Hopefully, the first lineup change we see in Game 3 is the return of Viktor Arvidsson, who was out of the lineup for an undisclosed reason, but that seems unlikely at this point. After a game where they struggled and were heavily outplayed by their matchup, I’d expect changes to the Kings’ fourth line as well. Lemieux, Quinton Byfield, and Arthur Kaliyev should feel insecure about their spot in the lineup, as none of them gave head coach Todd McLellan a reason to keep them in for Game 3.
I also expect one of Rasmus Kupari or Gabe Vilardi to come into the lineup, with Lias Andersson as another option. Vilardi, in particular, should feel confident about a return after a stellar end to the regular season, which saw him grab four points in two games.
The other lineup change that seems inevitable is a new right-winger on Anze Kopitar‘s line. In the third period, Andreas Athanasiou swapped with Grundstrom for the rest of the game, indicating that his time on the top-line could be finished. I’d be surprised if Grundstrom retained his spot on that line, and Vilardi should get a big chance on that line. He looked great in the final two games of the season, and the Kings don’t have many options.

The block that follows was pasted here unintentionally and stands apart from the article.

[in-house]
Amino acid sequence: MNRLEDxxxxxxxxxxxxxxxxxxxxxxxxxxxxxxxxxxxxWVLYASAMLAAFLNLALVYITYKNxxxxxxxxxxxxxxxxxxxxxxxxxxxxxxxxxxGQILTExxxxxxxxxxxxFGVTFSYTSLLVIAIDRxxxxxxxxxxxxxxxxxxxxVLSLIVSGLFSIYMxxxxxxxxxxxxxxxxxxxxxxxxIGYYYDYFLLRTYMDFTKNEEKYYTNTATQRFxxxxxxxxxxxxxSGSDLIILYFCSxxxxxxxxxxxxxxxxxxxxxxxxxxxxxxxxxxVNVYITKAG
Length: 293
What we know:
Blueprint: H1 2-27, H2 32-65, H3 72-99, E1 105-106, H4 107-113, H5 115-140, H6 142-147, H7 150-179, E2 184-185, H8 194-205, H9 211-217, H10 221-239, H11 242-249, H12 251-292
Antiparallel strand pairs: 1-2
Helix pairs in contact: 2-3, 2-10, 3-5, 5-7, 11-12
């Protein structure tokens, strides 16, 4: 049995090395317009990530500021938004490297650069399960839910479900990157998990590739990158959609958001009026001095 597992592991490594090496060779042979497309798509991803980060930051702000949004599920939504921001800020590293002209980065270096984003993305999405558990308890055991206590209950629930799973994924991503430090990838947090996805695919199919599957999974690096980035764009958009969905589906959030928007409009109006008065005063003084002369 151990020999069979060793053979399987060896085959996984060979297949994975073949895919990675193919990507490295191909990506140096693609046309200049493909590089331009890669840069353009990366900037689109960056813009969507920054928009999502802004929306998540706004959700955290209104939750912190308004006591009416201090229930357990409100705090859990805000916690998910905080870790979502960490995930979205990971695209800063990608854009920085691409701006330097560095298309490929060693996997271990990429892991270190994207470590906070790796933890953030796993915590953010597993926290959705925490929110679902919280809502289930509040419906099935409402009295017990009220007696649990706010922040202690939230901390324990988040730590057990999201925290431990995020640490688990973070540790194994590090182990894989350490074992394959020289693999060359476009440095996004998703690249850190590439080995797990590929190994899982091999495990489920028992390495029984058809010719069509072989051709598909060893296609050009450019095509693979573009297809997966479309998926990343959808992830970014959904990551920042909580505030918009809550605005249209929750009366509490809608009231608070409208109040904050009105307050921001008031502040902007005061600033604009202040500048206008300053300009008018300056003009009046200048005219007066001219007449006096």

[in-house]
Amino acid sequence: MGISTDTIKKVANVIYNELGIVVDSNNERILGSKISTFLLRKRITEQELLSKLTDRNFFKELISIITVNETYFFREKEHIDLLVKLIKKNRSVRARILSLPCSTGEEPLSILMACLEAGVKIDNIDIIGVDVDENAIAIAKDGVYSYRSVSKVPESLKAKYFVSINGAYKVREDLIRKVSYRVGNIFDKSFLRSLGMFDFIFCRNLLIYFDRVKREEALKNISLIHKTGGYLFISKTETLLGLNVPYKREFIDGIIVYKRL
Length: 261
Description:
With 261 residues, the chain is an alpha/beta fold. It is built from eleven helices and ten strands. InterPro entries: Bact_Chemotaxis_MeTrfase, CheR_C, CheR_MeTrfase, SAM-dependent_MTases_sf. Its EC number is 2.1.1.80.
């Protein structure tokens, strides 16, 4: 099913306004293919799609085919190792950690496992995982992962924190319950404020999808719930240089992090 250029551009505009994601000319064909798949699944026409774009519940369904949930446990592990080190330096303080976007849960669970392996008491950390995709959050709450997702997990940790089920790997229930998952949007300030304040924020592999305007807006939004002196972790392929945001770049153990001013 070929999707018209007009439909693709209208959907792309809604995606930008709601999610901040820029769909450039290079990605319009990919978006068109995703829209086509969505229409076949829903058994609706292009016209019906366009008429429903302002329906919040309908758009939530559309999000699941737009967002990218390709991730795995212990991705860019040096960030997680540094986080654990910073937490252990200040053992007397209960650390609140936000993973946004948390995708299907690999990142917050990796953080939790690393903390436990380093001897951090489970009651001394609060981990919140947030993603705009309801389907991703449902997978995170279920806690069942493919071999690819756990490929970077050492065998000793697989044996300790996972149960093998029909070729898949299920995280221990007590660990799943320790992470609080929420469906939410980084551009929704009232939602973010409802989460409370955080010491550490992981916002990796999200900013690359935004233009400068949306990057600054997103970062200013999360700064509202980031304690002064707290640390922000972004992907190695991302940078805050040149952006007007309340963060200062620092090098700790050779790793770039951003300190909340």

It seems unlikely that Trevor Moore is removed from Phillip Danault’s wing, and we know that neither Dustin Brown nor Alex Iafallo is a good fit with Kopitar and Adrian Kempe. This will certainly not happen, but I would love to see it. This would be my preferred lineup for Game 3, assuming Arvidsson isn’t available:
|Adrian Kempe||Anze Kopitar||Gabe Vilardi|
|Trevor Moore||Phillip Danault||Alex Iafallo|
|Andreas Athanasiou||Blake Lizotte||Dustin Brown|
|Carl Grundstrom||Quinton Byfield/Rasmus Kupari||Arthur Kaliyev/Rasmus Kupari|
Kupari’s versatility gives the Kings options, as both Byfield and Kaliyev gave McLellan reasons to scratch them. If he’s really upset with both of them, he could run the same lineup but replace Byfield and Kaliyev with Kupari and Andersson, but that doesn’t seem realistic. The team needs more from their bottom six, and I imagine McLellan will do some major shuffling in an attempt to get things going. There’s the potential for one of these prospects to make a massive impact; someone just has to step up.
Kings Have No Need to Panic
As I said after Game 1, fans and the team have to take this series one game at a time: never letting the highs be too high or the lows too low, and it’s even more true after Game 2. Whether it’s a 1-0 or 6-0 loss, the outcome is still the same, a tied series at 1-1 heading back to Los Angeles, which most people would have taken happily after two games, and it should be no different now. Obviously, Wednesday’s game stings, but it’s over and shouldn’t matter anymore. We will get a real sense of how mentally tough this Kings team is Friday. Will they crumble after an embarrassing defeat or come out swinging in Game 3?
My name is Austin Stanovich, as a lifelong player and fan I’m hoping to bring my own unique perspective on the hockey world, specifically covering the Los Angeles Kings. As a SoCal native I grew up a Kings fan, and after graduating from Long Beach State in 2020 I’ve joined The Hockey Writers crew as a columnist for the Kings.